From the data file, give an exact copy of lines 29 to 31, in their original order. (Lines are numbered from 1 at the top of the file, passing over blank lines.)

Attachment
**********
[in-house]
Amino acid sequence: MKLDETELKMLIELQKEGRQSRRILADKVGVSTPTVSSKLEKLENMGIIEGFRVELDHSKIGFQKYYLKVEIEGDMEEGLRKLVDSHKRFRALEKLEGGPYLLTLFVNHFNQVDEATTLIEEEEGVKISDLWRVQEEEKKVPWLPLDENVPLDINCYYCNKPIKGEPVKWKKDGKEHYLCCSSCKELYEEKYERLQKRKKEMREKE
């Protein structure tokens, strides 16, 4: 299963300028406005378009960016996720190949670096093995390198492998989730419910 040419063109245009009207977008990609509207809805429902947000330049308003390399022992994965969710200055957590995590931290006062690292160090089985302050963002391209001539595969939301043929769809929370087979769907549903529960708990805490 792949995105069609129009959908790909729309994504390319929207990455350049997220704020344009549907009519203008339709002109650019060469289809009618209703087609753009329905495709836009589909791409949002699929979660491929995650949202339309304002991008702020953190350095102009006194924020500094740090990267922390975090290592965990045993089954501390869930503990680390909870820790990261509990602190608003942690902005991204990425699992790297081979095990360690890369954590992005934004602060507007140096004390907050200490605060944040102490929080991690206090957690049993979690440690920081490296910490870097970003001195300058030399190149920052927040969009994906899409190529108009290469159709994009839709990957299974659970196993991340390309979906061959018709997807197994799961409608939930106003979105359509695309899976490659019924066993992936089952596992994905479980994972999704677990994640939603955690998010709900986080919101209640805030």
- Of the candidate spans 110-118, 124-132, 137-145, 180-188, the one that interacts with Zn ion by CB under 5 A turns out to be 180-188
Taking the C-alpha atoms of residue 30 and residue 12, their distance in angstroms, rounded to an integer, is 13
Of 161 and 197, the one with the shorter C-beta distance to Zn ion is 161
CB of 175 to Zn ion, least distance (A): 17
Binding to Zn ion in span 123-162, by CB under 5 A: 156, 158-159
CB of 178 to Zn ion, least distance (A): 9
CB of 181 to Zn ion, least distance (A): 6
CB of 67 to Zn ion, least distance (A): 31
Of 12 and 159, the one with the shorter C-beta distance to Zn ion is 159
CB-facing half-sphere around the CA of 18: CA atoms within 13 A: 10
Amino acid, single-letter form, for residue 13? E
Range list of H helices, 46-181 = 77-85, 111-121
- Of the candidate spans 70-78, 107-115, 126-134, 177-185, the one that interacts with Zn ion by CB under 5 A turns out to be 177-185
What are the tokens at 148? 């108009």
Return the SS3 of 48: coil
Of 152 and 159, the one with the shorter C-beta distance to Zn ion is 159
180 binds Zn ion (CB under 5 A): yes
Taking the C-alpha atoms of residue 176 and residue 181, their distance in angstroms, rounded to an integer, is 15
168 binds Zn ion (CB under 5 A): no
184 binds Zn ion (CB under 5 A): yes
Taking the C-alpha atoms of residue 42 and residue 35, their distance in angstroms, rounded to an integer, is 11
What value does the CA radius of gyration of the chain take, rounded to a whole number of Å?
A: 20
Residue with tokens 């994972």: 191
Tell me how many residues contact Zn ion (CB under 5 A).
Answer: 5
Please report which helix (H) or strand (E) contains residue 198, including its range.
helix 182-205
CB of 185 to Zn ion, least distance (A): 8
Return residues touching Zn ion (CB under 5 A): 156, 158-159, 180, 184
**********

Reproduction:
Answer: 5
Please report which helix (H) or strand (E) contains residue 198, including its range.
helix 182-205